Imports of Chinese grain by North Korea fell 14.2 percent on-year in the first five months of 2013 mainly due to a better harvest last fall, a report said Wednesday.

The findings by the Korea Rural Economic Institute (KREI) showed Pyongyang’s imports of flour, rice, corn and other grain products reaching 101,170 tons in the January-May period, down from 117,922 tons the year before.

The institute said numbers fell sharply in May when total grain imports stood at just 21,142 tons, which represents an 18 percent drop from the previous year and an 18.2 percent decrease from April. The communist country brought in 25,850 tons of grain from its neighbor in the preceding month and 25,788 tons in May of 2012.

Kwon Tae-jin, a research fellow at KREI who compiled the report, said the sizable drop in imports was probably caused by better grain output last year, which made it unnecessary for the country to buy the commodity from China.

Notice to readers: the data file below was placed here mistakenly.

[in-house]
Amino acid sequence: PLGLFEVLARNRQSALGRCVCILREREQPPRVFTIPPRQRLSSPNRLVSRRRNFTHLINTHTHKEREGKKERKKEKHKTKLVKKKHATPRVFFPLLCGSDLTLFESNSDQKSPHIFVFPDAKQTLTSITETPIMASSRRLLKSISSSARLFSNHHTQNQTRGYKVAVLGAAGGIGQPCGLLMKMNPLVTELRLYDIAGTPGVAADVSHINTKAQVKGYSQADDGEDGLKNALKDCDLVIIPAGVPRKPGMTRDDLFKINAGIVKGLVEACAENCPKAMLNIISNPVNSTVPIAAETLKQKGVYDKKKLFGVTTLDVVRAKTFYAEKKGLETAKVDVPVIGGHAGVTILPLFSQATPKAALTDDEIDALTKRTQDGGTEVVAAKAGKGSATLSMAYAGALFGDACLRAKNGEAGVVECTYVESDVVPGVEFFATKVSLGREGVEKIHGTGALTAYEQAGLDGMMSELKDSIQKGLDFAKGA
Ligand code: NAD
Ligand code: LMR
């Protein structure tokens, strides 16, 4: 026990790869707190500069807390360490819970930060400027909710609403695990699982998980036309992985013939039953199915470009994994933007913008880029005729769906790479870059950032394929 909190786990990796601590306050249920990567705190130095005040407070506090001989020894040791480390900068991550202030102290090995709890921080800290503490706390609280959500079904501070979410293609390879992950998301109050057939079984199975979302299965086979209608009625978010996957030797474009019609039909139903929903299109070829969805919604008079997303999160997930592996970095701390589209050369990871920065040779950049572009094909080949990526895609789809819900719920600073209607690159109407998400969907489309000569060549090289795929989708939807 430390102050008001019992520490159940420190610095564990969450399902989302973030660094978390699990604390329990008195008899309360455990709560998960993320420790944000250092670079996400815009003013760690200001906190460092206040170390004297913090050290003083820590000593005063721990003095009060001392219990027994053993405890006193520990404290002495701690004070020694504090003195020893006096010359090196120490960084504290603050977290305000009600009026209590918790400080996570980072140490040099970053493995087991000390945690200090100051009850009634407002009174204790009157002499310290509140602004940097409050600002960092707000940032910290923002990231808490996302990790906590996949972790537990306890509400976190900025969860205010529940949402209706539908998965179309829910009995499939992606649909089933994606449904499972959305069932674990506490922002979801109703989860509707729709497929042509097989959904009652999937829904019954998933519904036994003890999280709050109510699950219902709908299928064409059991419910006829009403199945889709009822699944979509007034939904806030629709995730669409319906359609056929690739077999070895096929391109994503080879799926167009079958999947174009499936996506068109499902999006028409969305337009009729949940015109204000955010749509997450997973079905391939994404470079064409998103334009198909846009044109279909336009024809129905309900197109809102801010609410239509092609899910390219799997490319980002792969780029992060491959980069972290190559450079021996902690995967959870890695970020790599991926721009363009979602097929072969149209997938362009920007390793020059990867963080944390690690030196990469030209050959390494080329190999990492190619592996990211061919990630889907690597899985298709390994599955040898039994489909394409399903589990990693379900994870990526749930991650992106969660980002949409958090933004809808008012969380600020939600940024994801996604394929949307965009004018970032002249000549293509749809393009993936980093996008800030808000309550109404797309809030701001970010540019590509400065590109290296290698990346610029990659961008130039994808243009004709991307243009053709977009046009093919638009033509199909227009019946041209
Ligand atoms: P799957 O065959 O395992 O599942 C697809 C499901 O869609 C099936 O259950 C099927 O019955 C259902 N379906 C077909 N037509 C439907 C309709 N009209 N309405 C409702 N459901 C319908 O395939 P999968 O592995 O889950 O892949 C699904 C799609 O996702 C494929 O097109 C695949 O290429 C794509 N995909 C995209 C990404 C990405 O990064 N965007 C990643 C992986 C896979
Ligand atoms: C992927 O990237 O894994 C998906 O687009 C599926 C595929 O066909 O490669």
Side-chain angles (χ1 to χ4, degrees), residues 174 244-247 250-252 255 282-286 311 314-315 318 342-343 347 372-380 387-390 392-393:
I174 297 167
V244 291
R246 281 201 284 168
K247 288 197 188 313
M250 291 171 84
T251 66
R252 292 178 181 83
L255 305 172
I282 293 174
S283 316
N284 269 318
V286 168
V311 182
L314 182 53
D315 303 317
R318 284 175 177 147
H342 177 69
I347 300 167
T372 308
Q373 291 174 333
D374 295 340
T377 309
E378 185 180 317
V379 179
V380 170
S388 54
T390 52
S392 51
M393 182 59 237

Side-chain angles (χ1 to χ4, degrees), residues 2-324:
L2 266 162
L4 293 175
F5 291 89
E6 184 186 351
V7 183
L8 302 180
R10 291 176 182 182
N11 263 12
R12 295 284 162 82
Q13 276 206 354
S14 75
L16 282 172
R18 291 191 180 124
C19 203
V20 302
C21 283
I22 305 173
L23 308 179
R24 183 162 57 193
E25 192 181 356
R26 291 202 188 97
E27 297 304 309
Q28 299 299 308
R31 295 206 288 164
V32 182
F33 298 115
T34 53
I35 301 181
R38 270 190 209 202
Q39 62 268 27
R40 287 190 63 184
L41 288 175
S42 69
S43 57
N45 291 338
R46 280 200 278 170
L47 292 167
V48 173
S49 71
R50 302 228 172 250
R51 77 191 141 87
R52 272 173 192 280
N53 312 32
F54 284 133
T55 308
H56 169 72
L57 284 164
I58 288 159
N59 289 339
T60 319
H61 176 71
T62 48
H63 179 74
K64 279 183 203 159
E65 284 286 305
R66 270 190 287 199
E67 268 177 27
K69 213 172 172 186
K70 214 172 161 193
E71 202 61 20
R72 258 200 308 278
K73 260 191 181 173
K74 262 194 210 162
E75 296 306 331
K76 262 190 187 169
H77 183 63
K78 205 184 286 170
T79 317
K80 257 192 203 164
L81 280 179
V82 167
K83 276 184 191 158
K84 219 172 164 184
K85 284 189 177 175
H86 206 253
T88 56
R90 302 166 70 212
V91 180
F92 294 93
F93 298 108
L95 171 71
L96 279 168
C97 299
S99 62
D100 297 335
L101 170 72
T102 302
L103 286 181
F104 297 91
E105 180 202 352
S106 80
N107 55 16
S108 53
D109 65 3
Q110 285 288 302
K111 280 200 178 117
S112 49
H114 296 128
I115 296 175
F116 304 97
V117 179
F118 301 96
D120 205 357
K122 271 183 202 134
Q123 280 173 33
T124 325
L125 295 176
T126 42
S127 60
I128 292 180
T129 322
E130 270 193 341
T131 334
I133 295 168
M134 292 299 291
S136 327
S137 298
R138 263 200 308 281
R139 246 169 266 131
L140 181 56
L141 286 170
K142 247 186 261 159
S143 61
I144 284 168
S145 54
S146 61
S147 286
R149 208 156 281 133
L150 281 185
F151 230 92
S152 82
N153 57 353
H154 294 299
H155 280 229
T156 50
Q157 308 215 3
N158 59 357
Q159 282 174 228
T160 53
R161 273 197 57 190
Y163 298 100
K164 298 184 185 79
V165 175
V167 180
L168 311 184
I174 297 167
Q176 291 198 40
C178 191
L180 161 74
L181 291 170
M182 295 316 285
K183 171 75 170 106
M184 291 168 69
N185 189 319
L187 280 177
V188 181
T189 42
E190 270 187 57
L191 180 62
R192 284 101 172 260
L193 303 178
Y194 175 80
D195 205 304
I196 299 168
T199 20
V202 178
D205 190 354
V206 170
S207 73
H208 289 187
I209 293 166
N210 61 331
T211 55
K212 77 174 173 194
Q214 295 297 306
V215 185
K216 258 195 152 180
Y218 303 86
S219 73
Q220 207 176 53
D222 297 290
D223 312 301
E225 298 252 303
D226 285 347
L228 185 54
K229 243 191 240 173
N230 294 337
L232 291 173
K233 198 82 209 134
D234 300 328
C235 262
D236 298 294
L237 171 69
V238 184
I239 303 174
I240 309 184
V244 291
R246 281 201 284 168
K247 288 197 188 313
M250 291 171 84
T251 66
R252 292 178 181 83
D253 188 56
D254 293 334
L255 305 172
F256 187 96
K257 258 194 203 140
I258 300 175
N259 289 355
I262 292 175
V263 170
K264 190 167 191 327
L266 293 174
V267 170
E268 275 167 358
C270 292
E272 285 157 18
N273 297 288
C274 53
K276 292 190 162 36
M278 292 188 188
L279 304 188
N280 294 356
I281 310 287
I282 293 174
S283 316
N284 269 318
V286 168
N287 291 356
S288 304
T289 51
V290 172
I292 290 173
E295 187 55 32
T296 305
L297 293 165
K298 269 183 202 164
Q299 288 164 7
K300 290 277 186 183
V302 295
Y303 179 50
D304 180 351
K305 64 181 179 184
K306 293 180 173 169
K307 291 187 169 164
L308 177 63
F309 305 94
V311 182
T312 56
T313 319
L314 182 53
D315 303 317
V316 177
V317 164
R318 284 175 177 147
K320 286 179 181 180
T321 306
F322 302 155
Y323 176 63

“It can be a sign that things have improved,” he said. The researcher also speculated that the harvest of such produce as barley, wheat and potatoes, which grow in spring, may have been better than in the past.

The experts, who checked raw data provided by the Korea International Trade Association, said the North imported 42.7 percent more chemical fertilizers in the January-May period of this year vis-a-vis the same time period in 2012.

The country brought in 129,967 tons of fertilizer from China, compared to 91,096 tons the year before. Such an increase may exert a positive effect on farm output.

Kwon said that the spike in fertilizers is a sure sign that the North is giving top priority to pushing up agricultural output.

Related to the latest data, a government source hinted that North Korea’s emphasis on agriculture may be aimed at trying to strengthen the leadership of its new leader Kim Jong-un, who took power after the sudden death of his father Kim Jong-il in late 2011.

“Unlike other economic sectors that require time, agriculture is something that can generate results in a short period of time and have immediate impact on everyday lives,” the official who declined to be identified said.